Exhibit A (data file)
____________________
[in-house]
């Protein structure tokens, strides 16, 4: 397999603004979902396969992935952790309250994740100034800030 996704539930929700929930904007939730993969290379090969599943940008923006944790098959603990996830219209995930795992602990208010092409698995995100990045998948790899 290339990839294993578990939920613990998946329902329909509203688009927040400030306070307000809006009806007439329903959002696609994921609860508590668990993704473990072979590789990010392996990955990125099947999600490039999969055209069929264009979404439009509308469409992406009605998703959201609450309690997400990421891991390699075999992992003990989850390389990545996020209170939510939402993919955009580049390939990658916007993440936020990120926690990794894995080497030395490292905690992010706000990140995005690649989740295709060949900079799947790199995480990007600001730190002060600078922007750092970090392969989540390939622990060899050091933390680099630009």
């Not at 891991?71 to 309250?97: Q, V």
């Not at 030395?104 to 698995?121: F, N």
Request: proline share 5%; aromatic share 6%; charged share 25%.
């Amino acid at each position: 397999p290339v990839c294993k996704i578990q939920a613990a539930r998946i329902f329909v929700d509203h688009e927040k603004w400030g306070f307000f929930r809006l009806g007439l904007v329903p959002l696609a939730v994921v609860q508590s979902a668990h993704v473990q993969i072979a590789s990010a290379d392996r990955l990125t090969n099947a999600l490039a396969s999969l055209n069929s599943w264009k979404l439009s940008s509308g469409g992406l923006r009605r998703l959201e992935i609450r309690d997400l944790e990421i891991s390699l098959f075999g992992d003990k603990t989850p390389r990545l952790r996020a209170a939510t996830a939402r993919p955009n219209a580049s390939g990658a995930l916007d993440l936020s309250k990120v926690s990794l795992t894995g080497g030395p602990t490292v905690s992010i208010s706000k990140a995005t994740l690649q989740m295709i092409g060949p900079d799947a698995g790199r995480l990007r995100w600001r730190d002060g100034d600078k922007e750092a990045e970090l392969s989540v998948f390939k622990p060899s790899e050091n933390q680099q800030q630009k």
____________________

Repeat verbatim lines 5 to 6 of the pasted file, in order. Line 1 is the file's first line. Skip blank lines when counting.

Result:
Request: proline share 5%; aromatic share 6%; charged share 25%.
């Amino acid at each position: 397999p290339v990839c294993k996704i578990q939920a613990a539930r998946i329902f329909v929700d509203h688009e927040k603004w400030g306070f307000f929930r809006l009806g007439l904007v329903p959002l696609a939730v994921v609860q508590s979902a668990h993704v473990q993969i072979a590789s990010a290379d392996r990955l990125t090969n099947a999600l490039a396969s999969l055209n069929s599943w264009k979404l439009s940008s509308g469409g992406l923006r009605r998703l959201e992935i609450r309690d997400l944790e990421i891991s390699l098959f075999g992992d003990k603990t989850p390389r990545l952790r996020a209170a939510t996830a939402r993919p955009n219209a580049s390939g990658a995930l916007d993440l936020s309250k990120v926690s990794l795992t894995g080497g030395p602990t490292v905690s992010i208010s706000k990140a995005t994740l690649q989740m295709i092409g060949p900079d799947a698995g790199r995480l990007r995100w600001r730190d002060g100034d600078k922007e750092a990045e970090l392969s989540v998948f390939k622990p060899s790899e050091n933390q680099q800030q630009k």